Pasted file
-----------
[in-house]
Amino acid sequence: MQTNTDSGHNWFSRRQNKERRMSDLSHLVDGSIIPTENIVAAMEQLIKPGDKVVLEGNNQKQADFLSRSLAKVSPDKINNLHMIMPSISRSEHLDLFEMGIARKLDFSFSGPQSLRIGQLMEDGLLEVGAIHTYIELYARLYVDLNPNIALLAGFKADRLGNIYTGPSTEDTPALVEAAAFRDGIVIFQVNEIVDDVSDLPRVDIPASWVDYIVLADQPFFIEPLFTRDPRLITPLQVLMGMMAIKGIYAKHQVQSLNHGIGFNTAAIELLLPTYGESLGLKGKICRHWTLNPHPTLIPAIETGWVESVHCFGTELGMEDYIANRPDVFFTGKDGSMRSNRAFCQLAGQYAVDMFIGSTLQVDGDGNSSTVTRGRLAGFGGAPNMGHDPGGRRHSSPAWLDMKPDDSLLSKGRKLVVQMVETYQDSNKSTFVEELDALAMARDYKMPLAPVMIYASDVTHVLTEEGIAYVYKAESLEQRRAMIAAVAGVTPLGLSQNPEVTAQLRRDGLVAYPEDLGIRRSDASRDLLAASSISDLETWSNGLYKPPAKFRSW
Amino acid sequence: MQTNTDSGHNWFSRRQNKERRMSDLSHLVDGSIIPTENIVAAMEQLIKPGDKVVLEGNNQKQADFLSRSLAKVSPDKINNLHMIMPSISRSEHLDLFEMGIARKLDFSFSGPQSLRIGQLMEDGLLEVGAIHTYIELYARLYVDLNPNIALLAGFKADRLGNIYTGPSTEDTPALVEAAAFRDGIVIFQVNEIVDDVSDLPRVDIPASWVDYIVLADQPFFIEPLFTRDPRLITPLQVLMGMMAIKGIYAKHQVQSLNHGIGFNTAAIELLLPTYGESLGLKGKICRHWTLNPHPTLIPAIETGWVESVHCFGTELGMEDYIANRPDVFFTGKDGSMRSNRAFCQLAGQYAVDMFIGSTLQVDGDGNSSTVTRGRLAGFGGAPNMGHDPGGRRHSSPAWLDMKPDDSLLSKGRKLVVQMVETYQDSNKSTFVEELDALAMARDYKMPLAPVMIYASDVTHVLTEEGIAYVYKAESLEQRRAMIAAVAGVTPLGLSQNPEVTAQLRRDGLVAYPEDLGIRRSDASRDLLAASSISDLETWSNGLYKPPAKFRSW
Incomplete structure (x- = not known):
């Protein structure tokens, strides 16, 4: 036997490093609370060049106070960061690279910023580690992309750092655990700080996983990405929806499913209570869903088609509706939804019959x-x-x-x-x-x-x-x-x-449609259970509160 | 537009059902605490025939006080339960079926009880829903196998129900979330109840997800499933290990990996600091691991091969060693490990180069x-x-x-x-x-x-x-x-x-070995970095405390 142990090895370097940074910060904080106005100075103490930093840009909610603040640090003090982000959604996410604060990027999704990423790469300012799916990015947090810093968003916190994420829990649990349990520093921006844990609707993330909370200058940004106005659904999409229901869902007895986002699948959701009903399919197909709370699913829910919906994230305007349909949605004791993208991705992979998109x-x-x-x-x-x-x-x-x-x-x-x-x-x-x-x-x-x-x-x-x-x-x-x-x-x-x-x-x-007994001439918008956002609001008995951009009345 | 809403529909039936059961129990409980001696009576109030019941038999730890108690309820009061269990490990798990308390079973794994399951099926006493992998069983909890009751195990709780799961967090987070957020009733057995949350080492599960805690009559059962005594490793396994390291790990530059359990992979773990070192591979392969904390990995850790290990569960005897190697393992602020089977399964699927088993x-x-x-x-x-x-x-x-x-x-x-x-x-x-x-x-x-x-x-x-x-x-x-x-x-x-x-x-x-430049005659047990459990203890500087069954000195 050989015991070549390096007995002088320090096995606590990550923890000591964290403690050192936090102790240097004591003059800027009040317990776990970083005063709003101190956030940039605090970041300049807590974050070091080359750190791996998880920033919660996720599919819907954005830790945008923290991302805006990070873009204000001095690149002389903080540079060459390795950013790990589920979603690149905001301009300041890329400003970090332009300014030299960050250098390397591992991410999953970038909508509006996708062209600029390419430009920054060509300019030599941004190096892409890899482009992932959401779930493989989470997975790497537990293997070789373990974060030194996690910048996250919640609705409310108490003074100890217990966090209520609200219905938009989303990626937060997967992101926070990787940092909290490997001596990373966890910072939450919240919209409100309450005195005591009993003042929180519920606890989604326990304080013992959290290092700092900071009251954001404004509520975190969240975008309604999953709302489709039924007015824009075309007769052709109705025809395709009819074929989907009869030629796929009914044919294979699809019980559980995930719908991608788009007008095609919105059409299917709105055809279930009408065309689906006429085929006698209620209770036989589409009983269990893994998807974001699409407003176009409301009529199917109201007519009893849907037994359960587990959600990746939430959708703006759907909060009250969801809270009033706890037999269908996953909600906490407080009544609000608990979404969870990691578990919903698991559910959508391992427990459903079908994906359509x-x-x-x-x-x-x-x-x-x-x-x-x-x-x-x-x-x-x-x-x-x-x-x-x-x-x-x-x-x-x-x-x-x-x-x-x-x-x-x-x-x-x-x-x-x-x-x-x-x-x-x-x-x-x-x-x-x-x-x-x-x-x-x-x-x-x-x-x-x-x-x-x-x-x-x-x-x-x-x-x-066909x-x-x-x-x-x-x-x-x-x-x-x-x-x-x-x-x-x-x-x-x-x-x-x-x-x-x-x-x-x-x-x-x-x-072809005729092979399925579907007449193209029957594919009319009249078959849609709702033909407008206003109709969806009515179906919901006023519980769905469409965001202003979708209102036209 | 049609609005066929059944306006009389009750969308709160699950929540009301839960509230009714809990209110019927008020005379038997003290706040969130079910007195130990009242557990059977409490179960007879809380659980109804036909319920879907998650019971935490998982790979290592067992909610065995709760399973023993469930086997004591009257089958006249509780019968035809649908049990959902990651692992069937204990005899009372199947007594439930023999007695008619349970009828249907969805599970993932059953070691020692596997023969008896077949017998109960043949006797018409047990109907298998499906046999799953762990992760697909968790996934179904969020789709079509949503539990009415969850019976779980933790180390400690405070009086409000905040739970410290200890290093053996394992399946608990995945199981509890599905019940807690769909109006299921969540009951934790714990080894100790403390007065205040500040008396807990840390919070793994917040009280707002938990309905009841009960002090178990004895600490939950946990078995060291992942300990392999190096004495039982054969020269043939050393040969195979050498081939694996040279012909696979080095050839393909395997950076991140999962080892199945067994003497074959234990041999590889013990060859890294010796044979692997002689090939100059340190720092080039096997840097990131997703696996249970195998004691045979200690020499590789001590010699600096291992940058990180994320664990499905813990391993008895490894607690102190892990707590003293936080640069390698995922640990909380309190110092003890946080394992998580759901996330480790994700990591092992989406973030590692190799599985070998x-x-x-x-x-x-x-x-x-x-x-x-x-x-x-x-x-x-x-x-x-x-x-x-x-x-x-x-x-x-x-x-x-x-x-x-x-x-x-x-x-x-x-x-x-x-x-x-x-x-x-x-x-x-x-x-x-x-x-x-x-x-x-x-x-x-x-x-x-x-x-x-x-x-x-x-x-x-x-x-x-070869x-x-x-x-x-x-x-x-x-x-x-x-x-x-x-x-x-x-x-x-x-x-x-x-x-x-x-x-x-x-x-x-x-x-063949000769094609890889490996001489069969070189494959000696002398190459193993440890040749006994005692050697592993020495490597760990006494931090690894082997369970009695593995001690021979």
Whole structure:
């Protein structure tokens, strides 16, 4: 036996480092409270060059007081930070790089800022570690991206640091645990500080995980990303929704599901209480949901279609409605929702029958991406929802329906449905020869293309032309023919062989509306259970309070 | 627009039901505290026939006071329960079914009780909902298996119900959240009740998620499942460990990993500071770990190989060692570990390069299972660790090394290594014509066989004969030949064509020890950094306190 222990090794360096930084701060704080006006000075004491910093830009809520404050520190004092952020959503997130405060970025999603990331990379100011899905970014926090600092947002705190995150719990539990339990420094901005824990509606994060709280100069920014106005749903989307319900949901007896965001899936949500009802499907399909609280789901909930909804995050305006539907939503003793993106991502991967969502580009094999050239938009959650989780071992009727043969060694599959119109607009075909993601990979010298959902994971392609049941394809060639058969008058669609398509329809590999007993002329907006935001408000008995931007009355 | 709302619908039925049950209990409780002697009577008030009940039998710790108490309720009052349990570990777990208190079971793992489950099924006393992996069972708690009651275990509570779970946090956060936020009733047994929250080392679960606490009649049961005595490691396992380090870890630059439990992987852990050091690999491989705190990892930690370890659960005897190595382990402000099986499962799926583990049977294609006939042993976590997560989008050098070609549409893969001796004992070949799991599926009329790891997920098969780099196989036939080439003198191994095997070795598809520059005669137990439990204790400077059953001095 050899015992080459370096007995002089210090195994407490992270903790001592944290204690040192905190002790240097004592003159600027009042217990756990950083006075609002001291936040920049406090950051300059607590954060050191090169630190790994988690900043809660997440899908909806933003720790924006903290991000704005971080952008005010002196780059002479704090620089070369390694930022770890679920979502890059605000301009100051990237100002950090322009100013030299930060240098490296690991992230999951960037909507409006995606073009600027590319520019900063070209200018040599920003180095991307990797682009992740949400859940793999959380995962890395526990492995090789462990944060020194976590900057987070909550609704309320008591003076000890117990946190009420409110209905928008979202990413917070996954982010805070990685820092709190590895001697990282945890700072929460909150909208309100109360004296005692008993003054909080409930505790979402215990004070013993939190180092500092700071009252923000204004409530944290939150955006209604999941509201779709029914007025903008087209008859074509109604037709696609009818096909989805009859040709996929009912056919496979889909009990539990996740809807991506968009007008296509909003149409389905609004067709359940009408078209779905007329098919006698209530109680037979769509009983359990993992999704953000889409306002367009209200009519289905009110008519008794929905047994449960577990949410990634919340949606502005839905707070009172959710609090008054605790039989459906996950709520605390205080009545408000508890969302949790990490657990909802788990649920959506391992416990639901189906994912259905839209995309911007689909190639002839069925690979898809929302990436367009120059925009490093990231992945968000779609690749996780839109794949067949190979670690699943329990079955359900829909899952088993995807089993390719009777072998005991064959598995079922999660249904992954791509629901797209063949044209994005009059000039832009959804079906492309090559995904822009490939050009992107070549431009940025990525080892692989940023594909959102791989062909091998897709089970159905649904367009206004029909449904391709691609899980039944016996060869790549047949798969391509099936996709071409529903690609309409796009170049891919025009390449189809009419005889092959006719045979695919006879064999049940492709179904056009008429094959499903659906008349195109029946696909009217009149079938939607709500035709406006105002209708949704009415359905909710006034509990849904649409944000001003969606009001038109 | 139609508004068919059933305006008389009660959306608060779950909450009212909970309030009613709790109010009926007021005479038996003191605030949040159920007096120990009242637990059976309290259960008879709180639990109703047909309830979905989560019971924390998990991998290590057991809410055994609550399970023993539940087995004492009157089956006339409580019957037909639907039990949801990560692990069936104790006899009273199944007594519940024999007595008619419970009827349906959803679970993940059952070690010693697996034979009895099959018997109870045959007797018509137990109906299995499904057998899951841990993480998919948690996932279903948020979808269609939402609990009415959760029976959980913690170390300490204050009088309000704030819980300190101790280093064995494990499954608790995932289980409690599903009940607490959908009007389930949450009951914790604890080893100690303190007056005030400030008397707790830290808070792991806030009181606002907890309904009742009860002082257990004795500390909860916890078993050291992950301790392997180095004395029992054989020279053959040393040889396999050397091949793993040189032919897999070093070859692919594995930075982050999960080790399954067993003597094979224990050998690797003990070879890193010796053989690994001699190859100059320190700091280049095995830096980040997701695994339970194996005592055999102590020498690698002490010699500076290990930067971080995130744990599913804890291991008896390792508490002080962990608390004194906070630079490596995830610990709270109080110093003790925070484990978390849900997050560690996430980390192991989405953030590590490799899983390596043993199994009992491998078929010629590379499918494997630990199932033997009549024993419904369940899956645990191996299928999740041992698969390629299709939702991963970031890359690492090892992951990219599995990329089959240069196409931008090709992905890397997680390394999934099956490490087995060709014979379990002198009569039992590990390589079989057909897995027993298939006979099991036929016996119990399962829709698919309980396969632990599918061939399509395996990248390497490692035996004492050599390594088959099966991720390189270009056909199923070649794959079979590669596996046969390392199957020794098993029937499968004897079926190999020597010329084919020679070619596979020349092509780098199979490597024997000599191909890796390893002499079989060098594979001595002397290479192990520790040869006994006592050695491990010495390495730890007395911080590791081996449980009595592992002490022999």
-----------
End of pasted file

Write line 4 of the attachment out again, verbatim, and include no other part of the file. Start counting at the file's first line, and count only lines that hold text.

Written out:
Incomplete structure (x- = not known):